I have a hard time focusing on one thing. I’m not even talking about life balance here. Sure, there’s balancing family, community, and work responsibilities, but even within those categories I have a hard time focusing on what is really important, and instead am distracted by the non-essentials.
Recently one of my business partners suggested that I pick up a bestselling book titled The One Thing. With 4.5 stars and over 500 reviews on Amazon, I figured I’d give the book a try. After reading two chapters, I was struck by an idea that they put forth, and it is via an analogy of dominoes.
It has been discovered that dominoes are capable of toppling another domino in front of it that is 1.5 times its’ size. This means a standard 2-inch domino can take down a 3-inch domino in front of it. This domino, in turn, can take down a 4.5-inch domino. By the 10th domino, you could take down a plank the size of a man.
These numbers are easy to fathom, but they quickly spiral out of control when you keep multiplying them by 1.5. How tall do you think the 100th domino would be? Taller than the Empire State Building? Taller than Mount Everest? Yes on both accounts. In fact, by domino #58 we would have hit the moon, and on #72 hit the sun.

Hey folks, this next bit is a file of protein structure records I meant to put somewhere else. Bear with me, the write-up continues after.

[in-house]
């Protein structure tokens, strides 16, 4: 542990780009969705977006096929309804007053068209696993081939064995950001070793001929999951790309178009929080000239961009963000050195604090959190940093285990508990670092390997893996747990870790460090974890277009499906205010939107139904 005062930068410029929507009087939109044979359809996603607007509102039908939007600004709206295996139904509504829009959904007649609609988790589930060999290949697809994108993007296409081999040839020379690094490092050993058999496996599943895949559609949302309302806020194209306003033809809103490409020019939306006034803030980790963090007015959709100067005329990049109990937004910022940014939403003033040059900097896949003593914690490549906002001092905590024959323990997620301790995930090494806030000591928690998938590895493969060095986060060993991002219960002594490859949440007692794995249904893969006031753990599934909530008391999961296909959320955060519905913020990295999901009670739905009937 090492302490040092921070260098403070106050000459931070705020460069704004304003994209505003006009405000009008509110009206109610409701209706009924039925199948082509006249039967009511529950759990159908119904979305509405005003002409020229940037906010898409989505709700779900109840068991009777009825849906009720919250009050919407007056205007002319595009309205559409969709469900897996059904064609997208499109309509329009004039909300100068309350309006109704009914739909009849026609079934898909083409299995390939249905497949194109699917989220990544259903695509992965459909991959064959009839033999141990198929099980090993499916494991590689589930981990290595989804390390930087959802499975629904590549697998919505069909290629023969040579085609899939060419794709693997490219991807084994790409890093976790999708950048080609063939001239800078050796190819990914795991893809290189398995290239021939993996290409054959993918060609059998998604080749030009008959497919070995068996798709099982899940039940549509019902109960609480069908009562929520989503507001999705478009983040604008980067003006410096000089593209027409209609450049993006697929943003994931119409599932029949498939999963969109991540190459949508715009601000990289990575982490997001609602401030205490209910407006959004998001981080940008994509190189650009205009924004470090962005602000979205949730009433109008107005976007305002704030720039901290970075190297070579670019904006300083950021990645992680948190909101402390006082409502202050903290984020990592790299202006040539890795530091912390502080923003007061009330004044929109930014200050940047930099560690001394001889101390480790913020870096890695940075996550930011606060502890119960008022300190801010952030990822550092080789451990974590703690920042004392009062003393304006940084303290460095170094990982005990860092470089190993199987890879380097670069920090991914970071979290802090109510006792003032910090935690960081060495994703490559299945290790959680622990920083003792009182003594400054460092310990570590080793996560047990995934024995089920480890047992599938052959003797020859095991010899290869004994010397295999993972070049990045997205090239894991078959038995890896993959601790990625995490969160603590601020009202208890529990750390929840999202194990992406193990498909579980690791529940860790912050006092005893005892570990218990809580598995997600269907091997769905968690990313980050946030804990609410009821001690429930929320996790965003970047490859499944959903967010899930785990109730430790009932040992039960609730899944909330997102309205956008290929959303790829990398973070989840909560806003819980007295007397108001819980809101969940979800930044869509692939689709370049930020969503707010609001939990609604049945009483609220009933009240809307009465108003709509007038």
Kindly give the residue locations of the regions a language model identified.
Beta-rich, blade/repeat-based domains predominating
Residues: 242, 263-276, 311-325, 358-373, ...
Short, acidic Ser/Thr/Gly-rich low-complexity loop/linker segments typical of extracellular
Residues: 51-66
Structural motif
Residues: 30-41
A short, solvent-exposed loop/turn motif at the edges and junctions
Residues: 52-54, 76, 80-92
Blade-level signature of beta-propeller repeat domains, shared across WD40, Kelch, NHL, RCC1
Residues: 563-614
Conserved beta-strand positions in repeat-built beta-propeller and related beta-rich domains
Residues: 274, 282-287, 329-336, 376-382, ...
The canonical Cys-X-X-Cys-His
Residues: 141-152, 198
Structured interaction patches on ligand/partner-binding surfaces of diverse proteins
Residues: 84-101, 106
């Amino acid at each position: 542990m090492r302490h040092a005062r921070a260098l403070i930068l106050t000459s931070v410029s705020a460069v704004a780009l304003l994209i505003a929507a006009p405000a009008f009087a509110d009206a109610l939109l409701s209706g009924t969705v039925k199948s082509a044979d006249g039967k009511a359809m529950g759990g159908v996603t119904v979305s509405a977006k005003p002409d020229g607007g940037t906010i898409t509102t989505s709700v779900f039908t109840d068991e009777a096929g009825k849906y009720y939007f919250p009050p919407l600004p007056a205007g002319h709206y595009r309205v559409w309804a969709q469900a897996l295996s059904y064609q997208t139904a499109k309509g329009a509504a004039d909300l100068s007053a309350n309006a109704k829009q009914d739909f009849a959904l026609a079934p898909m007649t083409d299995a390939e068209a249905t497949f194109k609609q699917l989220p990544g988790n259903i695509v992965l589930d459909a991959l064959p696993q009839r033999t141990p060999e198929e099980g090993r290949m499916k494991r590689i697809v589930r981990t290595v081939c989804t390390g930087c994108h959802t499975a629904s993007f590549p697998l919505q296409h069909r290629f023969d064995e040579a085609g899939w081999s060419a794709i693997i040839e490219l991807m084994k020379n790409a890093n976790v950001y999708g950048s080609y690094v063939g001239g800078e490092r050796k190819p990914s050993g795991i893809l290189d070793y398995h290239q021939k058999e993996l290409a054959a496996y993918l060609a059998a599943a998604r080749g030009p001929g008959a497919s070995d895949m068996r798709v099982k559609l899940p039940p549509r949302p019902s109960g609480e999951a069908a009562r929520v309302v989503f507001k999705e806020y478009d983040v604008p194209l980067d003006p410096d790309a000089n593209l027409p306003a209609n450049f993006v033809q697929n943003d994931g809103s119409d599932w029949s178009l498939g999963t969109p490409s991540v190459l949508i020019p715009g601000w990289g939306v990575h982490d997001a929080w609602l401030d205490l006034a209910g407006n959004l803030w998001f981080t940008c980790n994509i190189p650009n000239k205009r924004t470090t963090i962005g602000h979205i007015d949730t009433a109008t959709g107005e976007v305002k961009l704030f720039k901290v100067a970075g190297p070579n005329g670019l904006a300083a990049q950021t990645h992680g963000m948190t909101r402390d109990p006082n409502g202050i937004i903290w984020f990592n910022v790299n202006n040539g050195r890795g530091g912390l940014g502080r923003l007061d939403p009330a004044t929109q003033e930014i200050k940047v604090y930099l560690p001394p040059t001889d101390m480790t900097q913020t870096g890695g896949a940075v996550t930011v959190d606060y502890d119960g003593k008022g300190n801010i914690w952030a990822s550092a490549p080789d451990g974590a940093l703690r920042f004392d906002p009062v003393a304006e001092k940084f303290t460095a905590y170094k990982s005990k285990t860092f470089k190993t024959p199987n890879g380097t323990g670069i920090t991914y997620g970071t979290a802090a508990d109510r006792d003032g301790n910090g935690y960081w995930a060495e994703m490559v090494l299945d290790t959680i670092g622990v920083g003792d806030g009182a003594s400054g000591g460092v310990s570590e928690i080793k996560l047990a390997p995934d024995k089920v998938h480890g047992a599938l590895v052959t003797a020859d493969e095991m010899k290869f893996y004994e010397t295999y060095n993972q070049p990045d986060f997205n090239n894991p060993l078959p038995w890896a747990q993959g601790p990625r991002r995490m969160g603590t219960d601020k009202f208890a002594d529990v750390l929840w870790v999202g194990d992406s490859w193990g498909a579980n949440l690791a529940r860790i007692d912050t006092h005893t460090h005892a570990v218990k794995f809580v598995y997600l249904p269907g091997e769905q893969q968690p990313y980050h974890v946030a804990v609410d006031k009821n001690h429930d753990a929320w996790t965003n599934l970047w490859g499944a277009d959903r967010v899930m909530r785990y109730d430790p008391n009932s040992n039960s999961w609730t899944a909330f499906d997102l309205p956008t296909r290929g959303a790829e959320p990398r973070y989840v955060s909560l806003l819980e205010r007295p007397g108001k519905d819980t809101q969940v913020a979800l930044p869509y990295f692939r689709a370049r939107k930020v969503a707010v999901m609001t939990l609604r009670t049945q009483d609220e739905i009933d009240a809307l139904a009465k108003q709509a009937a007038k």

Consistent progression gets results.
I have to pause and consider what habits in my life, although small, would eventually build up to incredible results? What would happen if I:
- Wrote 1,000 words consistently each and every day.
- Exercised for 30 minutes each and every day.
- Read for 20 minutes to my kids each and every day.
Over time, these small habits would accumulate to greater business success, a healthy body, and deeper relationships with those I love.
The opposite can also happen too. Bad habits build upon each other as well. What would happen if I:
- Watched 5 hours of television each and every day (the American average).
- Ate 20% of my meals in the car (the American average).
- Spent no more than 5 minutes with my kids each day (the average time a Dad spent with kids in 1970).
Over time, these poor habits would lead to less success, an unhealthy body, and shallower relationships with those I love.
What habits, good or bad, are you allowing yourself to form? What effect will they have down the road?
As 2014 comes to a close, many of us are starting to think of our New Year’s resolutions. Instead of coming up with a handful of goals that I typically won’t meet, I’m going to come up with one concrete goal for each of these five categories:
Then, I’ll start by knocking over the first domino in each category. I’ll look for that 2-inch win that takes no effort to pull off. After that, I’m sure I’ll find the 3-inch win, the 4.5 inch win, and before I know it I’ll be achieving measurable success in each category.
The key to this is going to be keeping things focused on one goal in each life area. Of course, other improvements are welcomed, but a laser-focus on one area will ensure that I at least have five measurable successes in the upcoming year.